Ornament Painting Class

Taylor Community Library, 710 S. Main St. will hold a holday ornament painting class Saturday, Nov. 18, at 12:30 p.m. for ages 12 and older. Registration required. Call 570-562-1234 for more information.

Tea with Louisa May Alcott

Taylor Community Library, 710 S. Main St., will hold tea featuring guest speaker Jenn Ochman as Louisa May Alcott. Ochman will give a glimpse into the The Riverside Vikings PTA will hold life of the beloved children’s book author its annual basket raffle and auction on Sunday, Nov. 12, at Riverside Jr.-Sr. High on Sunday, Dec. 10, at 1 p.m. Admission School, Davis and Storrs streets in Taylor. is $25 per person, which includes tea and refreshments. Tickets are nonDoors open at 11 a.m.; raffle begins at refundable. Space is limited. For more 2 p.m. You do not need to be present to win. Admission is $4; $2 for kids. Among information or to make a reservation, call 570-562-1234. the baskets are many gift certificates, jewelry baskets and overnight stays,

Basket Raffle

inT eRAge nCy C O unCiL Mee Ts

JOSETTE RzESzEwSkI 570.348.9100, ext 3027

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CONT RiBUT ORs LORI kISHEL The Triboro Banner welcomes all photos and submissions. There is no charge for publication, but all photos and submissions run on a “space available” basis. The editor reserves the right to edit or reject any or all submissions. Deadline for submissions is the Friday prior to publication at 5 P.M. The Triboro Banner does not currently accept letters to the editor. Opinions of independent columnists of The Triboro Banner do not necessarily reflect those of the staff.



The Lackawanna County Interagency Council held its annual fall breakfast meeting at Arcaro & Genell’s in Old Forge. The event, which had more than 60 attendees, welcomed Teresa Osborne, Pennsylvania Secretary of Aging as guest speaker, addressing the theme for this year’s event, “The Changing Face of Human Service Delivery: What Might the Future Hold.” From left: Jennifer Gerardi, United Neighborhood Centers; Lisa Schmidt, Better Tomorrows; Teresa Osborne, Pennsylvania Secretary of Aging; Dr. Charles Bacinelli, Home Health Care Professionals; and Maria Vital, Leahey Center, University of Scranton.

NOVEMBER 9, 2017

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arou nd t o w n Lo caL Lib raria n Hon ored Jeanie Sluck, director of the Taylor Community Library, received the Pennsylvania Library Association’s Certificate of Merit during the association’s annual conference last week in Pittsburgh. “Jeanie exemplifies what a library director can be in today’s world, and she is a role model for her peers in libraries across the state,” says the document submitted by two of her colleagues in support of her nomination for the award. “She operates a busy, welcoming library, and she is an ardent participant in the life of her community. She collaborates with others in the library profession, and she regularly demonstrates the value that libraries bring to partnerships,” it read. In addition to her leadership at the Taylor Community Library, Jeanie coordinates county-wide events for the Lackawanna County Library System, and has led efforts to build collaborative opportunities between the Library System and community partners like the Scranton Cultural Center, the Everhart Museum, the Steamtown National Historic Site and others.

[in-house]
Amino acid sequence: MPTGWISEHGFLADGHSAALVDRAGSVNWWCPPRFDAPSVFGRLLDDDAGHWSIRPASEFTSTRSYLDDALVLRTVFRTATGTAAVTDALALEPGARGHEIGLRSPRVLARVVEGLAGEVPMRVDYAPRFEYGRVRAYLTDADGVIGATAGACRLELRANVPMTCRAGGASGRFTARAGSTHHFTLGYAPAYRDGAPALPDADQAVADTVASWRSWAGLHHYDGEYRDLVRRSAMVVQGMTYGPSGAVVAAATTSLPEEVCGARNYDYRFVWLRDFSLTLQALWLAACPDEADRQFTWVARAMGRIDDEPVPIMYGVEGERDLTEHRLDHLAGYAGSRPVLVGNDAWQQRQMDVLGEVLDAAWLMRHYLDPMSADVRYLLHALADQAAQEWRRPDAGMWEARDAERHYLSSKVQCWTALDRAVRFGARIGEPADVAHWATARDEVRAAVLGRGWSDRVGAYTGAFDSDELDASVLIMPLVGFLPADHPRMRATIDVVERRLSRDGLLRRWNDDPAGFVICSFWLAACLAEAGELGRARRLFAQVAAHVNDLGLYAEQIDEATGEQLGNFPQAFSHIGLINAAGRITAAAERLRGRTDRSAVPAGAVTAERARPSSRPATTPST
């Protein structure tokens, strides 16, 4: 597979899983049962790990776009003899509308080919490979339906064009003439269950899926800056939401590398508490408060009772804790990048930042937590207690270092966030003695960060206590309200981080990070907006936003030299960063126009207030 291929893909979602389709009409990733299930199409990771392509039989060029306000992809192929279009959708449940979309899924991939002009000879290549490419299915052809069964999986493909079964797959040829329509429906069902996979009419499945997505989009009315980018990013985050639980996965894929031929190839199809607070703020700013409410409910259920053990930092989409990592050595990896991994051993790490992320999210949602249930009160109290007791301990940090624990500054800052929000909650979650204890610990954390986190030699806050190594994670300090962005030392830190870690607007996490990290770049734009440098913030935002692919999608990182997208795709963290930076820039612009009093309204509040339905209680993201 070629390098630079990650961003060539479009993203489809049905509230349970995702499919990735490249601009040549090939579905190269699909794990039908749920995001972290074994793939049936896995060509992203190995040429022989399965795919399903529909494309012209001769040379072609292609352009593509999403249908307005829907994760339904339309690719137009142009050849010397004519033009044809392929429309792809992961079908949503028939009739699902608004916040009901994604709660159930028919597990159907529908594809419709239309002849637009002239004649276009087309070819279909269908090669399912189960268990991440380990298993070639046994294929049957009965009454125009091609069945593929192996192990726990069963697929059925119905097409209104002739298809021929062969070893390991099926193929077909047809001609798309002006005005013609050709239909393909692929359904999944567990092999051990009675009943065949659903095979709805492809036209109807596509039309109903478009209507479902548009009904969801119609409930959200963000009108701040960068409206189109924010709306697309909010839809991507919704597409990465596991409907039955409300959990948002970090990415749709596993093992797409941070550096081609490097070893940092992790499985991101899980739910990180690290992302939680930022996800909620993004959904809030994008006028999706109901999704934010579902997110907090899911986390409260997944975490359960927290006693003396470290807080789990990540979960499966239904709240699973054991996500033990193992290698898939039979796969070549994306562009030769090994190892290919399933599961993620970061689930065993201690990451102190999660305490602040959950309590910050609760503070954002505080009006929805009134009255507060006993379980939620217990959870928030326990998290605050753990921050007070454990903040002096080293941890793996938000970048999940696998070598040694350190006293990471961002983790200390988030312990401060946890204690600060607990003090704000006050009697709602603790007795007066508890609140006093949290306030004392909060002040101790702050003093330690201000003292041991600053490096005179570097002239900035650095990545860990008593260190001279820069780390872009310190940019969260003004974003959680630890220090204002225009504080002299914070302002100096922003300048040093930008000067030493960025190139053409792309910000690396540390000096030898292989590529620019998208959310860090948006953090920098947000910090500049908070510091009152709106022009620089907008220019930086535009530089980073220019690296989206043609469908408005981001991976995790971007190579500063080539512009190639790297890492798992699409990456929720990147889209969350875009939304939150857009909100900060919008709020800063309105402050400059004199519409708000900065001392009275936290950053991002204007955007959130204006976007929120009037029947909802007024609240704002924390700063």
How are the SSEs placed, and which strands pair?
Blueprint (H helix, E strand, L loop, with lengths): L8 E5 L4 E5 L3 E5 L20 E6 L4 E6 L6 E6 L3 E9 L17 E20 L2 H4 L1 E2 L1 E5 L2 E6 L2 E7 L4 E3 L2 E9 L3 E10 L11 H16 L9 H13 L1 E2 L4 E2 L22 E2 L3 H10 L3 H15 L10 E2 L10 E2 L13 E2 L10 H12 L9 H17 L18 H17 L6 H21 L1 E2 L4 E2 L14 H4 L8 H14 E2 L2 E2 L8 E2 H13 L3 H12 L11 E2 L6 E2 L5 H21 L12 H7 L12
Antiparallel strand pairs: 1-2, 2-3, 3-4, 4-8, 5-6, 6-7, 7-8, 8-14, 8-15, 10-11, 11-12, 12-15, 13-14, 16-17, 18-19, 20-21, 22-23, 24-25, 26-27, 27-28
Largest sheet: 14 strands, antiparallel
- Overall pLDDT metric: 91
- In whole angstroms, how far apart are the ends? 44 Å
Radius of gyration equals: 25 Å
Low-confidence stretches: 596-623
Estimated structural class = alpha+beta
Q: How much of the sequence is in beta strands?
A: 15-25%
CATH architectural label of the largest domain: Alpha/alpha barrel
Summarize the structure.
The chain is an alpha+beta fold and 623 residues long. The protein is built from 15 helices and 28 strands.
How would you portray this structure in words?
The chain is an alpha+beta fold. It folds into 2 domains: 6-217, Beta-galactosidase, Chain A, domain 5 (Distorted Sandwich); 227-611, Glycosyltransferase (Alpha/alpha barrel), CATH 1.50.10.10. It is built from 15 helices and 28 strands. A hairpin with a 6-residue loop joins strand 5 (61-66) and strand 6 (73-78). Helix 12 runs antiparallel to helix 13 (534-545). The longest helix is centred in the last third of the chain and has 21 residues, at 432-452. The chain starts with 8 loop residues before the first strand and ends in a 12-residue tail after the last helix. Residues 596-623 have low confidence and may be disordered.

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Storyteller Charles Kiernan recently spokle at Taylor Community Library. He is president of the Lehigh Valley Storytelling Guild, Pennsylvania state representative for the National Youth Storytelling Showcase, Pennsylvania state liaison for the National Storytelling Network and recipient of the 2008 Individual Artist Award from the Bethlehem Fine Arts Commission.

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Acolyte commissioning and recognition was held during worship at the First United Methodist Church in Taylor. From left: Logan Borent, Ella Bracey, Terry Insalaca Meghan Tigue, Blake Molinaro, Dylan Borant, Annie Graziano, Nevica Molinaro, Sadie Bracey and Justin Tigue. Also selected was Rebecca Colwell. Acolyte ministry coordinators are Carol Conway and Terri Molinaro.

Sc hool new S Students and teachers in the Old Forge School District celebrated Halloween with costumes and parades.

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Alexis Sophabmixay, a junior at Riverside Jr.-Sr. High School, attended a summer pre-college program for high school students at the Ringling College of Art and Design, in Sarasota, Florida. Alexis studied 3D modeling, animation, digital illustration and game design. She plans to major in animation and game design in the future. Sophabmixay is pictured with a mural she painted, which was on display in the guidance office.

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Riverside High School’s Scholastic Bowl Team for this year has been chosen. The moderator is Tom Borthwick. From left, seated: Sabrina Alvarez, Tony DeFrancesco, Kevin Kearney and Jake Frie. Standing: Christina Smith and Mackenzie Mickawicz.